Thabiti Anyabwile has reprinted a helpful section from Sinclair Ferguson’s Growing in Grace. Ferguson asks, “How do we find the grace of God in the cross? How has it become God’s instrument of salvation to those who have faith?” His answer is that the cross of Christ demonstrates: the love of God the justice of God the wisdom of God (HT: Justin Taylor)

The trial of Christ – Why?

From Adrian Reynolds: Have you ever stopped to think why Jesus needed to be tried by the Sanhedrin, Pilate and Herod? Why couldn’t he, for example, have cried out in the Garden, “I’m ready. Punish me now.” What do the trial narratives add to the theology of this moment (aside from the obvious fact that they are describing historically what happened)? I think it works on a number of levels. To display Jesus’ perfection The injustice of the trial scenes reinforce Jesus innocence and perfection. True, you would see this otherwise from the Gospel accounts themselves, but the injustice of the trials and the system makes the perfection of Christ stand out in stark relief. “He who knew no sin became sin for us, that in him we might become the righteousness of God.” To explain Jesus’ substitution This last verse (2 Cor 5.21) introduces another idea which is graphically displayed in the trial accounts – that of substitution. All

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Suffering for Christ

by C.J. Mahaney What constitutes suffering for the name of Christ? Often we recall the most severe examples of suffering—Stephen crying out to the Lord as enraged Jewish leaders hurled rocks at his body; Paul and Silas with feet shackled to a Philippian prison, still feeling the pain of their earlier beating; Jim Elliot and his four missionary friends rushed by armed Huaorani Indians. These are all graphic examples of Christians enduring great sacrifices for the advance of the gospel. Scripture teaches (even promises) that all Christians will suffer, but these graphic examples are not the norm for faithful Christians in the West today. So what does suffering for the name of Christ look like in twenty-first century America? During one panel discussion at the Together for the Gospel conference, Ligon Duncan and I interviewed our friend John Piper on this issue. —— Ligon Duncan: John, you have done a pretty extended exposition on kinds of suffering, available on the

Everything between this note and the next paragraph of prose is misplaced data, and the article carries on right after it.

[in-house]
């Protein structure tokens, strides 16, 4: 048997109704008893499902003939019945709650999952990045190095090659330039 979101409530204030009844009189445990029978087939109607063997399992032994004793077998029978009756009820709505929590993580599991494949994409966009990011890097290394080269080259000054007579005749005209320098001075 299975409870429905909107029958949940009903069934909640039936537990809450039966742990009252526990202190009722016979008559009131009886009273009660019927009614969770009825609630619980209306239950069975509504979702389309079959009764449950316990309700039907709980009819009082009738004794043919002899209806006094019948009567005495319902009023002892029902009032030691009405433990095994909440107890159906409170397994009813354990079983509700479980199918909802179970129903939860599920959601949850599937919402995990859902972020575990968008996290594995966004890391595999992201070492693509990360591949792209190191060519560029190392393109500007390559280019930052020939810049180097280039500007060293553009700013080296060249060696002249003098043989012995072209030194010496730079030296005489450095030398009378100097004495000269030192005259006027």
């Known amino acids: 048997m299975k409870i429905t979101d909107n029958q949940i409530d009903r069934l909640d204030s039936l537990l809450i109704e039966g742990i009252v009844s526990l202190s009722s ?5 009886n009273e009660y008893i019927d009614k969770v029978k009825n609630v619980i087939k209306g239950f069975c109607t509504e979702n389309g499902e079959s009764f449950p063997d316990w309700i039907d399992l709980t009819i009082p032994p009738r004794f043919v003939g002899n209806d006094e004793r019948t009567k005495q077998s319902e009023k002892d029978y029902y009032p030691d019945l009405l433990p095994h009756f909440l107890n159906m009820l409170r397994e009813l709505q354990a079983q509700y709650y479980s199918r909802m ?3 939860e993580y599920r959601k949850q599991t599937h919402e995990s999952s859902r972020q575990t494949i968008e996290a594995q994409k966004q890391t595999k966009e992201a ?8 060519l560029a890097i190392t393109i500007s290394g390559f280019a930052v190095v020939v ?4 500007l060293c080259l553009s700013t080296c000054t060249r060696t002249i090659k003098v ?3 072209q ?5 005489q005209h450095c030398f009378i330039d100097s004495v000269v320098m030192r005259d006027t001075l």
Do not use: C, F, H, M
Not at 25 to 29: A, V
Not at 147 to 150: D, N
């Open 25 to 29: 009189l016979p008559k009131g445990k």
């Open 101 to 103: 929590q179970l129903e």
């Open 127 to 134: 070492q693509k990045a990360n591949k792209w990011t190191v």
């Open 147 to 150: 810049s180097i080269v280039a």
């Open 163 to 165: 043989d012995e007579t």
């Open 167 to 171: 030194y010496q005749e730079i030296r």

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Evil & the Purposes of God

“The mystery of iniquity is at work in the world during this interim time, and it is not always clear how its malignant work is being checked, overridden, or woven into the glorious purposes of God. We need to remember, though, that while Judas betrayed Christ, and woe to him for doing so, it was God’s plan that Christ was thus betrayed. Evil by its very nature opposes the purposes of God, but God, in his sovereignty, can make even this evil serve his purposes.” – David F. Wells, The Courage to Be Protestant (Grand Rapids, Mi.: Eerdmans, 2008), 206. (HT: Of First Importance)